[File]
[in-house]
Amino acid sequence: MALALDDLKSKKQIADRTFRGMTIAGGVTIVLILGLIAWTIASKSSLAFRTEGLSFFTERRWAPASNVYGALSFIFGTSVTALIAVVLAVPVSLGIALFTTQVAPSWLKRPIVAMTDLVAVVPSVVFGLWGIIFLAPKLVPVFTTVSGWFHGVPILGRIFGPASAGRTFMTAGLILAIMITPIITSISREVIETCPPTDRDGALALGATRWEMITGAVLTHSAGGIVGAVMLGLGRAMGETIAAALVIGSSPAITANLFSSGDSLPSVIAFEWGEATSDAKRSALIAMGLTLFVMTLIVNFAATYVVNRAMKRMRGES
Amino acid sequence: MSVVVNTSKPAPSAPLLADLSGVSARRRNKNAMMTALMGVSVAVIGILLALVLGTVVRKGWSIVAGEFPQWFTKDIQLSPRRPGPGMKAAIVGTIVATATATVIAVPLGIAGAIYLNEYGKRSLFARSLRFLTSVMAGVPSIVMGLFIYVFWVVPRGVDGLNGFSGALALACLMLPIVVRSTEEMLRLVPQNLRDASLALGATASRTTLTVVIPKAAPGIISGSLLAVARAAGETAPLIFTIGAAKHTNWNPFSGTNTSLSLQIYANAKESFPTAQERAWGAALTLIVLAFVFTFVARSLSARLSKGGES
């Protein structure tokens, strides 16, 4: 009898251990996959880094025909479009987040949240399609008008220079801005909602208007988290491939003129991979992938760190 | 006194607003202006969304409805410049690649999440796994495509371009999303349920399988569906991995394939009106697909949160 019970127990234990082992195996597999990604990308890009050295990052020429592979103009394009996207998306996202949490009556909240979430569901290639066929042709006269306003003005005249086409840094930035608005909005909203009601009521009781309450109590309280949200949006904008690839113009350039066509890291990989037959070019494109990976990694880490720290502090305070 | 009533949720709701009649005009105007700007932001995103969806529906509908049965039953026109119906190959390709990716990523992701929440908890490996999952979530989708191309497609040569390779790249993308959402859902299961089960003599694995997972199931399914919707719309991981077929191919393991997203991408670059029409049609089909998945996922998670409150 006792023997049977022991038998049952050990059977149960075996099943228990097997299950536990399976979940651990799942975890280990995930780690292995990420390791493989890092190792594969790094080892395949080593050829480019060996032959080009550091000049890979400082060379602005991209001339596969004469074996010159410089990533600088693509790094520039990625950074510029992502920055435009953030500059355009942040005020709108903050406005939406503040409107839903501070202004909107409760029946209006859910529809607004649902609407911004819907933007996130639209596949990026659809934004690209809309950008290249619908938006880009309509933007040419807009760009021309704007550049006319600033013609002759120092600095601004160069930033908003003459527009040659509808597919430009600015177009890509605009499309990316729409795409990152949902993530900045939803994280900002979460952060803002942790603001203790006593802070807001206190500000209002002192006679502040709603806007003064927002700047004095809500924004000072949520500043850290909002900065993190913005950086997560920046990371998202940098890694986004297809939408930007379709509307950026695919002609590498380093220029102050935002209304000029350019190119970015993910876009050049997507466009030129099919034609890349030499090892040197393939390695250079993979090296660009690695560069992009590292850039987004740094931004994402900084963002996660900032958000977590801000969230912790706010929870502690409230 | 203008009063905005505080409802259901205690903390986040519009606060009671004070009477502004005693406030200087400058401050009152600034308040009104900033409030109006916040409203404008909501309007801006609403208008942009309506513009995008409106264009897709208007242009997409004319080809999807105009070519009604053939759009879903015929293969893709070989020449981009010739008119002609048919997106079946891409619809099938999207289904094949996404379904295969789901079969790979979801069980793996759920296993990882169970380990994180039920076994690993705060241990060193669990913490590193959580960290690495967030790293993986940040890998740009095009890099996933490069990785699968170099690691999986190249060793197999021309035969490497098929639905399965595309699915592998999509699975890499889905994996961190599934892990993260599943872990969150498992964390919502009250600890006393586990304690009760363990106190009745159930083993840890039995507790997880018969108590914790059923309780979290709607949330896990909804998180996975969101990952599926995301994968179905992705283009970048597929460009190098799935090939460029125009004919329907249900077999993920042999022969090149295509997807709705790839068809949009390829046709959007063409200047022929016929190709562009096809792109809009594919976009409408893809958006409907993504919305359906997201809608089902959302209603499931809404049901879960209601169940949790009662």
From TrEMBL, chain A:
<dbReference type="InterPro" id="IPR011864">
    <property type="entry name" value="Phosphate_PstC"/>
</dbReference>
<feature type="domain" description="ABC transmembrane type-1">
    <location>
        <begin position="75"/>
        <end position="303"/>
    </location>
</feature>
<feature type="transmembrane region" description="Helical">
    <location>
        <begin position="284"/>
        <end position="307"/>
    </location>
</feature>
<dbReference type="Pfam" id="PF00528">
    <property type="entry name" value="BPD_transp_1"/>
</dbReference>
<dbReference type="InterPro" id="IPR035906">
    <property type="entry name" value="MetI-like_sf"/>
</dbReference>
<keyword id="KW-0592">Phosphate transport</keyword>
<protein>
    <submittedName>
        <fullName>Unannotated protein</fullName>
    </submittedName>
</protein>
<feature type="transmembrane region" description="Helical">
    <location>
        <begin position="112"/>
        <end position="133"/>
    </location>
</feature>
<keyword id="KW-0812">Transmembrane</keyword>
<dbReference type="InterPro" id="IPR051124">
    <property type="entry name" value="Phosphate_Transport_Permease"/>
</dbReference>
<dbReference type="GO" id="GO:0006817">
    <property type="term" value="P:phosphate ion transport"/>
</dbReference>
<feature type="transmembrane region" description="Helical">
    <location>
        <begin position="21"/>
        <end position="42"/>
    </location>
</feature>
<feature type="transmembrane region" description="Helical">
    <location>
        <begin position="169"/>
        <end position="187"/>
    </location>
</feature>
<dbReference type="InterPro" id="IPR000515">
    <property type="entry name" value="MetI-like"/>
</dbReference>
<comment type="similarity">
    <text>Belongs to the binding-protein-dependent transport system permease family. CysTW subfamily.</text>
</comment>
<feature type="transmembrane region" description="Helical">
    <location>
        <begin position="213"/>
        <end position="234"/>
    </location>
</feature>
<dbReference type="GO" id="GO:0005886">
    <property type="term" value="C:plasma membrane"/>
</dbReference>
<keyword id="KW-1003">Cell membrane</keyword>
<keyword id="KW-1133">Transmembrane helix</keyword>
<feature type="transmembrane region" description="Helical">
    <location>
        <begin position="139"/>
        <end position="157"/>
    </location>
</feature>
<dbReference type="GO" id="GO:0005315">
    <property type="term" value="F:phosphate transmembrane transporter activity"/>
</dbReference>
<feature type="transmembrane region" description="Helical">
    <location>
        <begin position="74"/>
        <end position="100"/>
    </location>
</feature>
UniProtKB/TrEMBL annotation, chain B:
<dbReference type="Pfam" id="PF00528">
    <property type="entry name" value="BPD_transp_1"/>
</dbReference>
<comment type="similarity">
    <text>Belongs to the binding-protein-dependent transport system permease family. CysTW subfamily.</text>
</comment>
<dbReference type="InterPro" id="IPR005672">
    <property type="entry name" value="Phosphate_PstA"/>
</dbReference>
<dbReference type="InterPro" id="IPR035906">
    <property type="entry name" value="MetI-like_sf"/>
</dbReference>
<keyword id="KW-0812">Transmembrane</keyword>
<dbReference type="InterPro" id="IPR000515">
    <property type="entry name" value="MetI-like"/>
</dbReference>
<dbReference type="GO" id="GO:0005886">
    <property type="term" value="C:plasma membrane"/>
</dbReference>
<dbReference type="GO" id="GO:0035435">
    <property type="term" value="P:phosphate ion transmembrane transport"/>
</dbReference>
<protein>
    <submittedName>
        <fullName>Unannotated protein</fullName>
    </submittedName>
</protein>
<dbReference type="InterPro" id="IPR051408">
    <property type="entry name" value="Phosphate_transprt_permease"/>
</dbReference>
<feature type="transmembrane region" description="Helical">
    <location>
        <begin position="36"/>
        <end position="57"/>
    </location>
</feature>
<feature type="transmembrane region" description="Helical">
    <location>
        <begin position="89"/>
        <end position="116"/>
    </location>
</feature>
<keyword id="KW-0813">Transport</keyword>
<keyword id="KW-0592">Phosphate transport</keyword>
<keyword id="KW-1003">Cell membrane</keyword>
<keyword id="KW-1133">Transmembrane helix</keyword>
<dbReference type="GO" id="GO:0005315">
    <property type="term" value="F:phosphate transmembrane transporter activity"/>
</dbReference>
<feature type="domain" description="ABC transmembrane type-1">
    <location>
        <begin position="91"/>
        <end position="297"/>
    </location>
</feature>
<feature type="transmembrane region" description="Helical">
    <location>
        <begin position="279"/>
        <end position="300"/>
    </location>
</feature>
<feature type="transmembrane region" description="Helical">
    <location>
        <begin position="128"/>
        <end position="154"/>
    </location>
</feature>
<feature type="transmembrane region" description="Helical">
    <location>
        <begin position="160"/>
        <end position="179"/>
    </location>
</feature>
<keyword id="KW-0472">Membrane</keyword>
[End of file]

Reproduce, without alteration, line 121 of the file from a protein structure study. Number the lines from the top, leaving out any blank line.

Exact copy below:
<feature type="transmembrane region" description="Helical">